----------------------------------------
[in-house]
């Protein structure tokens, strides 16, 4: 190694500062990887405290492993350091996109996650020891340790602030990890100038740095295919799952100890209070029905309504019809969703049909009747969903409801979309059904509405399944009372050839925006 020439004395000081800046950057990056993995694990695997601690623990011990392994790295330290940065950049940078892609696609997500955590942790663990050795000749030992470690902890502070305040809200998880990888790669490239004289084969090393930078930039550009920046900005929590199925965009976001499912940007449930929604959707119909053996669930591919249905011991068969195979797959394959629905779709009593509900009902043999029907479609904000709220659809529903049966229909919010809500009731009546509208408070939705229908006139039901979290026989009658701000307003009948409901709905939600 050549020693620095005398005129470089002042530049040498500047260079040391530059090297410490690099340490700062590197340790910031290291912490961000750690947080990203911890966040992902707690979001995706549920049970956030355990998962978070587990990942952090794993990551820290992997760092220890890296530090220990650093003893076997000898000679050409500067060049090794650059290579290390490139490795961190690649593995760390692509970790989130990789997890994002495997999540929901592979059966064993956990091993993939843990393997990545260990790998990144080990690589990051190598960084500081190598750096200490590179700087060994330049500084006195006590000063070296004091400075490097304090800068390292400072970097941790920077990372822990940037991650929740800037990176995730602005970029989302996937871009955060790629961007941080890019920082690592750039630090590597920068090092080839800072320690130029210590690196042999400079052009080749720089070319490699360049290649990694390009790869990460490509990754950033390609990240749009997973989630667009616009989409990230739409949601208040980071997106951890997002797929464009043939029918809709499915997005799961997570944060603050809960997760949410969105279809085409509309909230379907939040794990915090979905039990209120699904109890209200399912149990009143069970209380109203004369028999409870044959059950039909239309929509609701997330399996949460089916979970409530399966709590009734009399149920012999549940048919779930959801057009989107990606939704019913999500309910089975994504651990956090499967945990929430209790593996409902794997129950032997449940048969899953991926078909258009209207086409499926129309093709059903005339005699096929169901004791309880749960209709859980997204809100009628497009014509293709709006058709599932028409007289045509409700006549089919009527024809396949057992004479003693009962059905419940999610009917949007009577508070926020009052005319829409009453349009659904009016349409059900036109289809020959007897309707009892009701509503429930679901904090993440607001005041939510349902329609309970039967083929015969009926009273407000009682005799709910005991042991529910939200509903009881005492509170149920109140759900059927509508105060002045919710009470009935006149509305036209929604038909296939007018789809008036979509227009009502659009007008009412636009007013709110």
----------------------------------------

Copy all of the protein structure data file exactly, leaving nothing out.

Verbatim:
[in-house]
């Protein structure tokens, strides 16, 4: 190694500062990887405290492993350091996109996650020891340790602030990890100038740095295919799952100890209070029905309504019809969703049909009747969903409801979309059904509405399944009372050839925006 020439004395000081800046950057990056993995694990695997601690623990011990392994790295330290940065950049940078892609696609997500955590942790663990050795000749030992470690902890502070305040809200998880990888790669490239004289084969090393930078930039550009920046900005929590199925965009976001499912940007449930929604959707119909053996669930591919249905011991068969195979797959394959629905779709009593509900009902043999029907479609904000709220659809529903049966229909919010809500009731009546509208408070939705229908006139039901979290026989009658701000307003009948409901709905939600 050549020693620095005398005129470089002042530049040498500047260079040391530059090297410490690099340490700062590197340790910031290291912490961000750690947080990203911890966040992902707690979001995706549920049970956030355990998962978070587990990942952090794993990551820290992997760092220890890296530090220990650093003893076997000898000679050409500067060049090794650059290579290390490139490795961190690649593995760390692509970790989130990789997890994002495997999540929901592979059966064993956990091993993939843990393997990545260990790998990144080990690589990051190598960084500081190598750096200490590179700087060994330049500084006195006590000063070296004091400075490097304090800068390292400072970097941790920077990372822990940037991650929740800037990176995730602005970029989302996937871009955060790629961007941080890019920082690592750039630090590597920068090092080839800072320690130029210590690196042999400079052009080749720089070319490699360049290649990694390009790869990460490509990754950033390609990240749009997973989630667009616009989409990230739409949601208040980071997106951890997002797929464009043939029918809709499915997005799961997570944060603050809960997760949410969105279809085409509309909230379907939040794990915090979905039990209120699904109890209200399912149990009143069970209380109203004369028999409870044959059950039909239309929509609701997330399996949460089916979970409530399966709590009734009399149920012999549940048919779930959801057009989107990606939704019913999500309910089975994504651990956090499967945990929430209790593996409902794997129950032997449940048969899953991926078909258009209207086409499926129309093709059903005339005699096929169901004791309880749960209709859980997204809100009628497009014509293709709006058709599932028409007289045509409700006549089919009527024809396949057992004479003693009962059905419940999610009917949007009577508070926020009052005319829409009453349009659904009016349409059900036109289809020959007897309707009892009701509503429930679901904090993440607001005041939510349902329609309970039967083929015969009926009273407000009682005799709910005991042991529910939200509903009881005492509170149920109140759900059927509508105060002045919710009470009935006149509305036209929604038909296939007018789809008036979509227009009502659009007008009412636009007013709110």